It is not exactly like the Rise of the Machines from the Terminator film franchise, but an interesting battle may be taking shape in Illinois involving tavern and restaurant owners who operate video game terminals and casinos that desire to expand by offering iGaming.
Legislation has been filed in both chambers of Illinois’ General Assembly to add iGaming to casino and racino offerings. This comes on the heels of a June 2019 capital bill that greatly expanded gaming options — including licenses for six yet-to-be-built casinos and three yet-to-be-built racinos, plus legal sports betting in the Prairie State.
Illinois, though, is also recognized as the nation’s leader when it comes video game terminals (VGTs), which already generate a significant amount of tax revenue at both the state and local levels. During Wednesday’s hearing of the General Assembly’s Executive Committee chaired by Rep. Bob Rita — who filed HB 3142 that would legalize iGaming — two separate panels presented their respective cases.
The case for iGaming in Illinois
There are only six states where iGaming is currently available, with Michigan the most recent to launch in January. The quick success in terms of generating tax revenue in the Wolverine State — the state received $17.2 million from operators in March alone — has been noticed by Illinois legislators. Rep. Daniel Didech presented iGaming as a way to counteract illegal wagering conducted by offshore operators who “pay no taxes, create no jobs and are a significant drain on the Illinois economy.”
He added the illegal websites “create a status quo that is quite dangerous for Illinois customers,” and legalizing iGaming would allow the state to regulate game integrity and “crowd out predatory companies” by making it safer for players and to better help problem gamblers. Didech also pointed out the estimated $100 million in annual tax revenue would support the “many priority initiatives of members of the General Assembly.”
Jeff Kaplan, vice president of Strategic Financial Planning for Penn National Gaming, also voiced support for iGaming. He projected Illinois could receive more tax revenue than Michigan given the state’s larger population and higher median income.
Kaplan also addressed concerns over the potential cannibalization of brick-and-mortar casinos that comes with the discussions of introducing iGaming. He presented online casino wagering as an amenity that adds to his company’s bottom line.
“Prior to the pandemic, we performed an analysis on our customers to determine if there was any cannibalization to our brick-and-mortar revenue and what we found was iGaming was almost entirely complementary to our brick-and-mortar play,” said Kaplan, whose company operates three of the state’s 10 land-based casinos — Hollywood Aurora, Hollywood Joliet, and Argosy Alton.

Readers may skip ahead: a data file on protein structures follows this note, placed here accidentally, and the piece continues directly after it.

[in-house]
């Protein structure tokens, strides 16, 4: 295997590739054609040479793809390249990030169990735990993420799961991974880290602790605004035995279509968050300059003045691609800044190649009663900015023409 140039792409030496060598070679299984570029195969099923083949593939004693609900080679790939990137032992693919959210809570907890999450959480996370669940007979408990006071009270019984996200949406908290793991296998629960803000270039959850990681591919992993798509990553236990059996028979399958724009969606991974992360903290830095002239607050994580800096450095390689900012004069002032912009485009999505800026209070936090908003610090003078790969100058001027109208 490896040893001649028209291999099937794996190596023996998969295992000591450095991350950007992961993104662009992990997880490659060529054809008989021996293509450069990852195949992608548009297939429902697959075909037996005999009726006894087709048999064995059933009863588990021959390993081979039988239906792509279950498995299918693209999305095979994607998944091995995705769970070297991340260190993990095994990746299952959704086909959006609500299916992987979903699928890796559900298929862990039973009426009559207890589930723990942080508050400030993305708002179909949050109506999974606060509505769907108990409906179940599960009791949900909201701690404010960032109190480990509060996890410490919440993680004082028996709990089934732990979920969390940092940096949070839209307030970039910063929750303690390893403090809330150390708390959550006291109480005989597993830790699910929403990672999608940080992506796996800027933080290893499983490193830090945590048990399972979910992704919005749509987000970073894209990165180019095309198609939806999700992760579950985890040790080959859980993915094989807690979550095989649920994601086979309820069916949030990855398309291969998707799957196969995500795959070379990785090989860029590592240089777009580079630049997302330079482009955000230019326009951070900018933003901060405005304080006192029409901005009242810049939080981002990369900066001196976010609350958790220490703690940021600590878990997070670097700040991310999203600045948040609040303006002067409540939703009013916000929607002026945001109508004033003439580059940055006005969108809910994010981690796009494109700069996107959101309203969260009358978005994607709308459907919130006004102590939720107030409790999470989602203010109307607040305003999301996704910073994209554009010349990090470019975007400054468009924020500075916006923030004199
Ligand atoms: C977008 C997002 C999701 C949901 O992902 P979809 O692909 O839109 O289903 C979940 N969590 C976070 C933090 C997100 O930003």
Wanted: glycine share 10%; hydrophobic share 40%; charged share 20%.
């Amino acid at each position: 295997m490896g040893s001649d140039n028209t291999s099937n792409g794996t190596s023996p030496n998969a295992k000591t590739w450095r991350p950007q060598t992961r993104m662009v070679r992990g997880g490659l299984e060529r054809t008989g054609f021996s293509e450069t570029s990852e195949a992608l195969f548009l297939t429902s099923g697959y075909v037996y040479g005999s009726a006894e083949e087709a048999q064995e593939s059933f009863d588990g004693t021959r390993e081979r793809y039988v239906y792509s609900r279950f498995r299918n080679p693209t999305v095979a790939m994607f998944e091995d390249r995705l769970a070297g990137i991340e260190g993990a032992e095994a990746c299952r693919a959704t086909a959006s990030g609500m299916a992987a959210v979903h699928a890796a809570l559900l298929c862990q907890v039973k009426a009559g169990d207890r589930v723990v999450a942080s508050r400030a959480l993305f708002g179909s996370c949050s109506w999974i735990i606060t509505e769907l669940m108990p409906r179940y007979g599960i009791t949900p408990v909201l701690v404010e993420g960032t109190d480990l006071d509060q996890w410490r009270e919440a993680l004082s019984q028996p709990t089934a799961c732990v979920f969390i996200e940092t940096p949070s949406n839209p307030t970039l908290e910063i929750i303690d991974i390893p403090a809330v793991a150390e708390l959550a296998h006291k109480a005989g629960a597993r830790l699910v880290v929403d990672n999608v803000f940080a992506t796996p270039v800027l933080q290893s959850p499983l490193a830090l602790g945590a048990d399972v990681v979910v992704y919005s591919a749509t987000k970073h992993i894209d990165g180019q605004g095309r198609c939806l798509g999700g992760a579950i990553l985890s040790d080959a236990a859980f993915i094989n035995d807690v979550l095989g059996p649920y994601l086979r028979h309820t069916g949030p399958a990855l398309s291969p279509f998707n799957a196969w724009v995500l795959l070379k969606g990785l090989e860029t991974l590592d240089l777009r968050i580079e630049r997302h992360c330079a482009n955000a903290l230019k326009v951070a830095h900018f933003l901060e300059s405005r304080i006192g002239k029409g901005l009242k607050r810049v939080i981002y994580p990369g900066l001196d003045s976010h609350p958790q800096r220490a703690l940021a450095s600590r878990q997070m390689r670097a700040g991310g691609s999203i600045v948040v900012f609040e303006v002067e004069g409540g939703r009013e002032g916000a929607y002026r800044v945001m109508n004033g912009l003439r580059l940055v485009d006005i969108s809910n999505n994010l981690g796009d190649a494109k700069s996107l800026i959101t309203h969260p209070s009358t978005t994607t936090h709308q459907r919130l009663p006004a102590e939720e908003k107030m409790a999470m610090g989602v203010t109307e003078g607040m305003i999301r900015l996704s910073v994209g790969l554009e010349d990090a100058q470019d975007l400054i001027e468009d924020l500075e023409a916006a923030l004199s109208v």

“In addition, we attracted a different type of customer online as our online database averages 10 years younger than our brick-and-mortar players,” he said. “Due to these factors, we believe iGaming will grow the gaming marketplace and allow us to connect to a new type of player that we may not have attracted to our properties previously.”
Kaplan added those players are getting fed “back to the casino” because those players are in their system’s database and earning rewards points for their play that can be redeemed for food and other services at those establishments.
Butler, VGT stakeholders provide pushback
Though not as attention-grabbing to the public as casino gaming and sports betting, VGTs have been a significant provider of gaming tax revenue in Illinois since the Video Gaming Act was signed in 2009. The nearly 39,000 machines statewide have taken on more importance since the 2019 bill also allowed bars, restaurants, and taverns to install a sixth VGT and enabled truck stops to increase their number of offerings.
In the year’s worth of reports compiled by the Illinois Gaming Board since the state began accepting sports wagers at casinos in March 2020, VGTs have generated nearly $455 million in tax revenue — of which nearly $388 million has gone to the state — from more than $1.3 billion in operator revenue. That figure includes the terminals being turned off for four months covering two separate COVID-19 related closures as well as the inability to offer in-person dining and venues still not operating at 100% capacity.
By comparison, casinos have generated more than $103 million in state taxes from $577.2 million in revenue, with sports betting raising an additional $31 million from $208.8 million in revenue in that same timeframe.
Rep. Tim Butler, whose district spans from just north of Springfield to Peoria, pointed out the lobbyists who back iGaming did not account for the growth in VGTs across the state in the past decade and how “mom and pop businesses that are not casinos depend on revenue from VGTs.” He added the current partnership that provides tax revenues to local communities is a “unique combination.”
In a separate panel that dealt exclusively with VGT issues, Dan Klossner, the executive director of the Illinois Licensed Beverage Association, expressed concern about iGaming regarding access by minors and problem gamblers. “We, in our locations where we control for a 21-and-over age patron, already handle those concerns,” he pointed out.
Klossner also touched on a key point for the service industry — the challenge of getting people to return to bars, restaurants, and taverns where VGTs are located as more of the public get vaccinated. Klossner cited “‘FOGO,’ the fear of going out,” and suggested that internet gaming would be a deterrent to helping those businesses get back to full strength.
Executive Director for Illinois Gaming Machine Operators Ivan Fernandez added the VGTs also help provide indirect sales tax for the state since people who play VGTs also often dine and drink at those establishments.